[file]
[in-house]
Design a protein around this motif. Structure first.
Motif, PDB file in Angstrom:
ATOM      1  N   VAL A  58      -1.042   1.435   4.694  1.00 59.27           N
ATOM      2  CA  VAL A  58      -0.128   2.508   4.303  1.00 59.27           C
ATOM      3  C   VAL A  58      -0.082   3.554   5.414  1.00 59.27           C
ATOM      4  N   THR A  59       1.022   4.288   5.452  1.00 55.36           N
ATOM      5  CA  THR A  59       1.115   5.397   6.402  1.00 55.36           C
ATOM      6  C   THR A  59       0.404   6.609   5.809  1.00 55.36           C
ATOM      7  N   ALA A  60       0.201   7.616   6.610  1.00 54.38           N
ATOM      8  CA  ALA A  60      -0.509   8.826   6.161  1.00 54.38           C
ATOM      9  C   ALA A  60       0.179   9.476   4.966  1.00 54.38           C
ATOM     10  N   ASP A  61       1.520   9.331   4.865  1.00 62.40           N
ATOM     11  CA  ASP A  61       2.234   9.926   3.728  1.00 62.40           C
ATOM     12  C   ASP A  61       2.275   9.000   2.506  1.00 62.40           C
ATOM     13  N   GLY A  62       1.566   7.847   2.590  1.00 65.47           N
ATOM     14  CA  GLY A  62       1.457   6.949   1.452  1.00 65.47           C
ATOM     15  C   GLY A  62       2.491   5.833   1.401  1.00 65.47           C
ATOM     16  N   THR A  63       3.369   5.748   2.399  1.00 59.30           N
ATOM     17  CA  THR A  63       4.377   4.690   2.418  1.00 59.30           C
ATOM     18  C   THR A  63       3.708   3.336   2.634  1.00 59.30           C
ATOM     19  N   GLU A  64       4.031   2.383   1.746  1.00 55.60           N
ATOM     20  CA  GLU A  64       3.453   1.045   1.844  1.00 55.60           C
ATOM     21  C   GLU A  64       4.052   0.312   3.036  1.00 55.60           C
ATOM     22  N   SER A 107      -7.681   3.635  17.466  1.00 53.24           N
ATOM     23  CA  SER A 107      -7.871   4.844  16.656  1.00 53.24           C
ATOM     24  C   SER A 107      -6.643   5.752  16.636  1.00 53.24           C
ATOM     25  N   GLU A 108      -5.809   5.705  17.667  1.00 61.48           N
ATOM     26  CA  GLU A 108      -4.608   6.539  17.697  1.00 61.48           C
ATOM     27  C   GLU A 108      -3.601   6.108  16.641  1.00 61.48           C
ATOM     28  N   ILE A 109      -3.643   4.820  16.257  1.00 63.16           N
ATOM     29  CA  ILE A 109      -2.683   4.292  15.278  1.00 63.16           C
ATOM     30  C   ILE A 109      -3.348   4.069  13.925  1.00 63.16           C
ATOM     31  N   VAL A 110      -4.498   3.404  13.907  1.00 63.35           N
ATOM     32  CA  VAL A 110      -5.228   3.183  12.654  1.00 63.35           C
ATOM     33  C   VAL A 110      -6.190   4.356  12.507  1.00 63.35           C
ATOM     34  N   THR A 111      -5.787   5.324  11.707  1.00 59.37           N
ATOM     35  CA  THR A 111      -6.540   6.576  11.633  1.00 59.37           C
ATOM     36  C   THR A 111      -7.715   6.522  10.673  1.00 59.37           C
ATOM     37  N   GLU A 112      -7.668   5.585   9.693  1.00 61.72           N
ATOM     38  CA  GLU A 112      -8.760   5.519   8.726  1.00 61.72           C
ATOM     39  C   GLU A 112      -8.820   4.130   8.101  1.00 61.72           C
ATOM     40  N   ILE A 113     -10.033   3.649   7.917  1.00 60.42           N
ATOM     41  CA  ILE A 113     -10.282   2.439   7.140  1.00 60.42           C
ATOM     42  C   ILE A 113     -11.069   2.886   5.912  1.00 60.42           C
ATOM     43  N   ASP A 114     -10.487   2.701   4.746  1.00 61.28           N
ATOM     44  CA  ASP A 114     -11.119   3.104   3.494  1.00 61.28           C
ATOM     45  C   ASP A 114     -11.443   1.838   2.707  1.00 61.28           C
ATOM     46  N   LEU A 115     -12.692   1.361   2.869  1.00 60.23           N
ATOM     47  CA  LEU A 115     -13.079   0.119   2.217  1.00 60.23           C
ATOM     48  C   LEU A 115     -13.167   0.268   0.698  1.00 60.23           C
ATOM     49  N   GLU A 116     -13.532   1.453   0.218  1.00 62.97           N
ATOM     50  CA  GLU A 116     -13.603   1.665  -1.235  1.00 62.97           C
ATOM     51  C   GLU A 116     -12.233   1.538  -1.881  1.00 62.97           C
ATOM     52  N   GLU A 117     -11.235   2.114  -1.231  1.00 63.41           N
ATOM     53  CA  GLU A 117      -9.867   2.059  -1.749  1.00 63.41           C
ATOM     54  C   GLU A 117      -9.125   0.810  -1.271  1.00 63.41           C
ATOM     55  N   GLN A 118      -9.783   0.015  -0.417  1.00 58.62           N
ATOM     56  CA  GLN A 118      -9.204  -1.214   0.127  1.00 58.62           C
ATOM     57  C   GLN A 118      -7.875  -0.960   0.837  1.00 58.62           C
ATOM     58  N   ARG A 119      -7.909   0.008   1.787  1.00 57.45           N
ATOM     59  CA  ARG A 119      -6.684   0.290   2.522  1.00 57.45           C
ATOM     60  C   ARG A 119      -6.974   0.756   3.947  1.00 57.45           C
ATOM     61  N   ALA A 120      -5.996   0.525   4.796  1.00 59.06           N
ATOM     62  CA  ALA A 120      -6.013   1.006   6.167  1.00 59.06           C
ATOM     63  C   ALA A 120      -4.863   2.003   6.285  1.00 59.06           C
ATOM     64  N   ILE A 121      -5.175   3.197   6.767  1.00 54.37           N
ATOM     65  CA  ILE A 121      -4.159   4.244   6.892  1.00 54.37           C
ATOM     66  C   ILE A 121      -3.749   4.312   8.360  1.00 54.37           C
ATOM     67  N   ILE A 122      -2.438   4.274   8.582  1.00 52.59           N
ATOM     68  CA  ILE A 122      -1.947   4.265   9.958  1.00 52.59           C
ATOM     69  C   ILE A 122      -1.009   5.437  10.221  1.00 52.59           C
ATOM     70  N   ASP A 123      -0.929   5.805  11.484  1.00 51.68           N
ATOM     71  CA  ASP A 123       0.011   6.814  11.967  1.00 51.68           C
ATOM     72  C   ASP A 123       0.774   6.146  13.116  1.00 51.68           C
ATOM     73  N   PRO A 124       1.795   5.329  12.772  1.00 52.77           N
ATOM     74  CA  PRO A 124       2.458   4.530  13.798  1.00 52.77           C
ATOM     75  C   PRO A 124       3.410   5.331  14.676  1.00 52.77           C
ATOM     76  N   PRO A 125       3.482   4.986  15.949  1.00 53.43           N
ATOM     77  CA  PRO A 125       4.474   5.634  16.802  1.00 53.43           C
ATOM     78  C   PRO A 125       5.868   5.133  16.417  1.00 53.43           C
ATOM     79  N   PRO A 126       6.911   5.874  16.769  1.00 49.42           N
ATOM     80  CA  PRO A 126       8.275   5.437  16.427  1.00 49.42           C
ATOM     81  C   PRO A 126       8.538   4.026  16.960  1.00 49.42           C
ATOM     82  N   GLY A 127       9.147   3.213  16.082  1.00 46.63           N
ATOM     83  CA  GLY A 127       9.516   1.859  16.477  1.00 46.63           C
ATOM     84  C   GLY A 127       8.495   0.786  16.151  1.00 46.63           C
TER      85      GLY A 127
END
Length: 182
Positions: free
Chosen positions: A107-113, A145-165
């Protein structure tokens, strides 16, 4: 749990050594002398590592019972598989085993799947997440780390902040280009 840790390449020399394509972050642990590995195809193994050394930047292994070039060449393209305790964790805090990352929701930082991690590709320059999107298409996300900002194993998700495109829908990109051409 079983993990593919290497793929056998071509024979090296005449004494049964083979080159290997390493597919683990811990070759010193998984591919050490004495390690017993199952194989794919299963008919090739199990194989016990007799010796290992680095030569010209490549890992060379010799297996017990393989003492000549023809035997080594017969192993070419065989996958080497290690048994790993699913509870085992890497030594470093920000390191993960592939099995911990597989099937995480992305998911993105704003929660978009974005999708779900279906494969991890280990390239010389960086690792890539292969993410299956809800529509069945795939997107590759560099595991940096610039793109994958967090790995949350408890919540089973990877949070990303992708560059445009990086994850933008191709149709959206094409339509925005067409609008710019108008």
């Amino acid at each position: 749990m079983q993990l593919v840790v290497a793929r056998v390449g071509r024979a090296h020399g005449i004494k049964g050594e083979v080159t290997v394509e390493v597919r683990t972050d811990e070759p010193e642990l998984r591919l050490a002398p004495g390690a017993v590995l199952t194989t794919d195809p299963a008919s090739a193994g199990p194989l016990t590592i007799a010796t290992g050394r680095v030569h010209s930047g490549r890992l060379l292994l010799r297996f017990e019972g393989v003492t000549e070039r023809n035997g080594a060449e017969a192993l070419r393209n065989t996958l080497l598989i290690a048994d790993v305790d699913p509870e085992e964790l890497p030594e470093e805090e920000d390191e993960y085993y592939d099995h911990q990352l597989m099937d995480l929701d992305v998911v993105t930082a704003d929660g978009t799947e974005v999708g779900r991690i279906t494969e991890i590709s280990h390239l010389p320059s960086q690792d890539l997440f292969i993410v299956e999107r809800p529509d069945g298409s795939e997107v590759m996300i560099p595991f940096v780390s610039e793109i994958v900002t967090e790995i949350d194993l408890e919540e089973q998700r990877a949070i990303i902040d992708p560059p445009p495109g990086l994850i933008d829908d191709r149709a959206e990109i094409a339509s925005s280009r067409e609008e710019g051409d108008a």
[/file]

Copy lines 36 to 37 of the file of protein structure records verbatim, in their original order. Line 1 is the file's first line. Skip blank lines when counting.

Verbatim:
ATOM     33  C   VAL A 110      -6.190   4.356  12.507  1.00 63.35           C
ATOM     34  N   THR A 111      -5.787   5.324  11.707  1.00 59.37           N